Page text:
Thursday, July 19, 2007

Raised Bed Gardens

The circled plant in the foreground is a green onion from a bunch I bought at the grocery store. I planted it because I couldn't eat all of them before they went bad. The rest of the first row is beans, with a few lentils planted at the end. Both beans and lentils came from grocery store packages.





In the back bed are a couple of tomato plants (bought; sorry), a small stand of lettuce and one lonely pepper plant. That's a volunteer amaranth circled - one my daughter planted a few years back called "Dragon's Tears." I suppose you could eat the seeds as well as the leaves on this variety, but I haven't tried it.

At the end, spilling onto the walkway, is a patch of purslane, which is a very good wild vegetable. There's some of it in the beans, too. I let it grow, they do well together.

You see clearly that my garden and yard are not the perfectly trimmed kind that looks like everyone else's. ;)

5 comments:

cyberscryber said...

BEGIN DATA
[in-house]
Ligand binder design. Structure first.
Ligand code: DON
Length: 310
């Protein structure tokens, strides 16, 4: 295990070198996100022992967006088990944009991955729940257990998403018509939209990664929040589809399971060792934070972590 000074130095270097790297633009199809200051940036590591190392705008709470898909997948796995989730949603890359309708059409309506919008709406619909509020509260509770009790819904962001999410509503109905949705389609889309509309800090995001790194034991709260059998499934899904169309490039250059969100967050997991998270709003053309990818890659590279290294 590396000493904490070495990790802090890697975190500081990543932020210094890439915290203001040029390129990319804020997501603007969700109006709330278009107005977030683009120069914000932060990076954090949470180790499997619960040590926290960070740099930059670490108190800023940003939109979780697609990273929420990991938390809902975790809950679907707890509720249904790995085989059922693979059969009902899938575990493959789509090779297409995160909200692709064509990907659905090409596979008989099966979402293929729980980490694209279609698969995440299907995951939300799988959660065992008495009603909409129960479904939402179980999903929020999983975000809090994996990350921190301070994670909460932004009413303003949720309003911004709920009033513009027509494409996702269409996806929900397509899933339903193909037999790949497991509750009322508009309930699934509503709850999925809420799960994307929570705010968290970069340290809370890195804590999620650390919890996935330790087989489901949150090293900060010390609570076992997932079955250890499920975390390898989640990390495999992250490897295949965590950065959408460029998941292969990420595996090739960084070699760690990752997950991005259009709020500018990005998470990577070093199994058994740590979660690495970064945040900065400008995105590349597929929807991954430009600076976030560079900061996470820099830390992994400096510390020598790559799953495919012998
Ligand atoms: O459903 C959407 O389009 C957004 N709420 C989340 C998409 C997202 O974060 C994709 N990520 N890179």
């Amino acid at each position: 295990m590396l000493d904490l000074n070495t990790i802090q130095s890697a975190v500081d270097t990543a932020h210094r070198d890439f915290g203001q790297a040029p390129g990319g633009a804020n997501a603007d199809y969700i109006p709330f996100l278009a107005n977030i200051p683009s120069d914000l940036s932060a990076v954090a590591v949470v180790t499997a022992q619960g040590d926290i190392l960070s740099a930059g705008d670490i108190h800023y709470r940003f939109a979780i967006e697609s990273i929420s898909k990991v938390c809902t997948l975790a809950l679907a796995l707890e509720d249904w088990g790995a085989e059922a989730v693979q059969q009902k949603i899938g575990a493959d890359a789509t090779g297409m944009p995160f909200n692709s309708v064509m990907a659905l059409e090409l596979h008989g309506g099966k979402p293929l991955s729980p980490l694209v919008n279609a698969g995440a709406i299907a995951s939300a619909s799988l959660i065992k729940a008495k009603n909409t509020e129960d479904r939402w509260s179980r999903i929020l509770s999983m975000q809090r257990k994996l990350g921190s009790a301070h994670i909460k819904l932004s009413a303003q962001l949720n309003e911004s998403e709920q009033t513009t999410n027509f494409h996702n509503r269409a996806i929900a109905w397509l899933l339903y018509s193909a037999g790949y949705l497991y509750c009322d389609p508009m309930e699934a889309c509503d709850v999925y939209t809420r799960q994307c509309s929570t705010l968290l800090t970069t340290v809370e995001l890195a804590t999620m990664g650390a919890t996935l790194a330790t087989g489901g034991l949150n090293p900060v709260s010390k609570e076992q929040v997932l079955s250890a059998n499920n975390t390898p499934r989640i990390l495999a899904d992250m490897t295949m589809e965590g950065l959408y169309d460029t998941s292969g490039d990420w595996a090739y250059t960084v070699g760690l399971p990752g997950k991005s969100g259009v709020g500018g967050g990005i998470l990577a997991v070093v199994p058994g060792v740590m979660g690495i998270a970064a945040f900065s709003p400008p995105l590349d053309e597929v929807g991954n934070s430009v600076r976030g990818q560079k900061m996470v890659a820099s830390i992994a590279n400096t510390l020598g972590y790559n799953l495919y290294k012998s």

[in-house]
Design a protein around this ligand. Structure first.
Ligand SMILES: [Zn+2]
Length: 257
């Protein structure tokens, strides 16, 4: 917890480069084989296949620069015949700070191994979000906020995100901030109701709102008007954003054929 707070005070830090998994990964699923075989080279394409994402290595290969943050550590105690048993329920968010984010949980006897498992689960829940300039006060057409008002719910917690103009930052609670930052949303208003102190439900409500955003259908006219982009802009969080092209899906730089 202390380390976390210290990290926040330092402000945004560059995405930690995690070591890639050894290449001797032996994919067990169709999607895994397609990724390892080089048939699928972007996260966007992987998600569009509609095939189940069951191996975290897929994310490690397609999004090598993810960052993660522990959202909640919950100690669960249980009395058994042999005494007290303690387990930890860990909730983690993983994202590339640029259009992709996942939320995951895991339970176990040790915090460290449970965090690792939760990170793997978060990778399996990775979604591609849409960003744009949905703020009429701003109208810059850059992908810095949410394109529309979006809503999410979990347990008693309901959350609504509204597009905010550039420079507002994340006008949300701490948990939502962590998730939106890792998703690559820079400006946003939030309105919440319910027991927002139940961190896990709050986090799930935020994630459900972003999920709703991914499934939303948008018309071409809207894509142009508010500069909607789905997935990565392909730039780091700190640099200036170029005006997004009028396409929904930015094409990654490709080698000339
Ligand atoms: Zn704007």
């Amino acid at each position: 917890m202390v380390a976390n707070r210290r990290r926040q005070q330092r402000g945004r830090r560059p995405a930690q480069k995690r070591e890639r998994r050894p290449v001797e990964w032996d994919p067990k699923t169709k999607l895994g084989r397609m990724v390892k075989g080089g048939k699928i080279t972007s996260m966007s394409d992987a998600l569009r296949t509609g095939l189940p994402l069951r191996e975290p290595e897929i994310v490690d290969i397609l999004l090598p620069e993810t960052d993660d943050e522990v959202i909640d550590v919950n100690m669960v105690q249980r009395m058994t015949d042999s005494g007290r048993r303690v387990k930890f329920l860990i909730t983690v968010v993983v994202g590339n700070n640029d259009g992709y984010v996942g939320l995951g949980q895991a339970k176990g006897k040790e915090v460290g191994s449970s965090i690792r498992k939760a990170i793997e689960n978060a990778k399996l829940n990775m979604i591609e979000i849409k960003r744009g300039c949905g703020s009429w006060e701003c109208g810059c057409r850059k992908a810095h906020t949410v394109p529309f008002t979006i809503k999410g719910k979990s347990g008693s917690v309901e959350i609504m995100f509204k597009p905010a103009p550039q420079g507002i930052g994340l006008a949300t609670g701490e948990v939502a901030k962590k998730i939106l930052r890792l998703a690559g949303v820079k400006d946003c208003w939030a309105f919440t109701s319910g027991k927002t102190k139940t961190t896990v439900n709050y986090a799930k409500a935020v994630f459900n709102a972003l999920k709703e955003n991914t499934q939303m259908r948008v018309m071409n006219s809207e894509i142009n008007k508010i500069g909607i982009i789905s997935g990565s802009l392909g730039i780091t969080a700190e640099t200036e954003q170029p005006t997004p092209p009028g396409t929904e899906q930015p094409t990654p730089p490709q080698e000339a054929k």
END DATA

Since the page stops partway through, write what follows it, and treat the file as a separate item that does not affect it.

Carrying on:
If you don't mind answering, how much did the bricks cost for your raised beds?

Pat said...

You know, I can't remember! I know that the whole thing including the initial compost and topsoil was a little over a hundred dollars. This is the second year I've used it and expect it to last for decades.

Molfamily said...

I volunteer at a school garden that has themes for their raised beds that I thought your readers might find fun. The name of the school garden is Woodward Gardens and it is located in Tigard, Oregon. http://www.betterlivingshow.org/WoodwardGardensraisedbeds.asp

Ala said...

Both Pat's and the school's raised beds are fantastic. Congratulations! I love the stones in the kids' raised beds. They certainly add a lot to the garden!

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